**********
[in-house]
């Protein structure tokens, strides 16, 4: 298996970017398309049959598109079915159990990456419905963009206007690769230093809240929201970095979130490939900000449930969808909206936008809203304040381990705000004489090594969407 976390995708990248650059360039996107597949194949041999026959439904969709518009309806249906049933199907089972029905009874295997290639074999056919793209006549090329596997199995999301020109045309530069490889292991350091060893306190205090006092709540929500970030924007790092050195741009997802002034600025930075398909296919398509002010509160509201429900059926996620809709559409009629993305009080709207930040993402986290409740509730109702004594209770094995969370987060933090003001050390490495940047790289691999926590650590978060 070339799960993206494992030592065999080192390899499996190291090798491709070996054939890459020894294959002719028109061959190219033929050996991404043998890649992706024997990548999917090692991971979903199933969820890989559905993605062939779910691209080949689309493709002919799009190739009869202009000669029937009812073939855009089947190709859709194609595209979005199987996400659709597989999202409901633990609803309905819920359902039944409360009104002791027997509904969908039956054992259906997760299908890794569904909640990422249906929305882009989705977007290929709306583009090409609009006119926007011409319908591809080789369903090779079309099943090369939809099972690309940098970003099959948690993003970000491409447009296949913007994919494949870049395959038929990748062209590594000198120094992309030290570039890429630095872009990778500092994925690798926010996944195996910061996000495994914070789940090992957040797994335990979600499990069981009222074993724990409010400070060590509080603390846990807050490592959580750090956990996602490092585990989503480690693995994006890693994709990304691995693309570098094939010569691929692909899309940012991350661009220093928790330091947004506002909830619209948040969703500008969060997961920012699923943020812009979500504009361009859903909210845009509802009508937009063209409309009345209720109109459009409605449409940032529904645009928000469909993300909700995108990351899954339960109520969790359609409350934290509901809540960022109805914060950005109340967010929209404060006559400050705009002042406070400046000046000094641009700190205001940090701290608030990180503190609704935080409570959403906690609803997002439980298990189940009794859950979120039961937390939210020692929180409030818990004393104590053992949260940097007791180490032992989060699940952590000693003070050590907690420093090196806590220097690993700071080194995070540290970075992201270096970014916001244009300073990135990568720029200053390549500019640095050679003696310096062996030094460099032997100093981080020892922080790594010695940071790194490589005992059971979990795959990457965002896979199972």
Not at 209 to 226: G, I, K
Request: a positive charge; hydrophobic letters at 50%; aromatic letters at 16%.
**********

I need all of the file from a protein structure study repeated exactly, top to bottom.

[in-house]
């Protein structure tokens, strides 16, 4: 298996970017398309049959598109079915159990990456419905963009206007690769230093809240929201970095979130490939900000449930969808909206936008809203304040381990705000004489090594969407 976390995708990248650059360039996107597949194949041999026959439904969709518009309806249906049933199907089972029905009874295997290639074999056919793209006549090329596997199995999301020109045309530069490889292991350091060893306190205090006092709540929500970030924007790092050195741009997802002034600025930075398909296919398509002010509160509201429900059926996620809709559409009629993305009080709207930040993402986290409740509730109702004594209770094995969370987060933090003001050390490495940047790289691999926590650590978060 070339799960993206494992030592065999080192390899499996190291090798491709070996054939890459020894294959002719028109061959190219033929050996991404043998890649992706024997990548999917090692991971979903199933969820890989559905993605062939779910691209080949689309493709002919799009190739009869202009000669029937009812073939855009089947190709859709194609595209979005199987996400659709597989999202409901633990609803309905819920359902039944409360009104002791027997509904969908039956054992259906997760299908890794569904909640990422249906929305882009989705977007290929709306583009090409609009006119926007011409319908591809080789369903090779079309099943090369939809099972690309940098970003099959948690993003970000491409447009296949913007994919494949870049395959038929990748062209590594000198120094992309030290570039890429630095872009990778500092994925690798926010996944195996910061996000495994914070789940090992957040797994335990979600499990069981009222074993724990409010400070060590509080603390846990807050490592959580750090956990996602490092585990989503480690693995994006890693994709990304691995693309570098094939010569691929692909899309940012991350661009220093928790330091947004506002909830619209948040969703500008969060997961920012699923943020812009979500504009361009859903909210845009509802009508937009063209409309009345209720109109459009409605449409940032529904645009928000469909993300909700995108990351899954339960109520969790359609409350934290509901809540960022109805914060950005109340967010929209404060006559400050705009002042406070400046000046000094641009700190205001940090701290608030990180503190609704935080409570959403906690609803997002439980298990189940009794859950979120039961937390939210020692929180409030818990004393104590053992949260940097007791180490032992989060699940952590000693003070050590907690420093090196806590220097690993700071080194995070540290970075992201270096970014916001244009300073990135990568720029200053390549500019640095050679003696310096062996030094460099032997100093981080020892922080790594010695940071790194490589005992059971979990795959990457965002896979199972």
Not at 209 to 226: G, I, K
Request: a positive charge; hydrophobic letters at 50%; aromatic letters at 16%.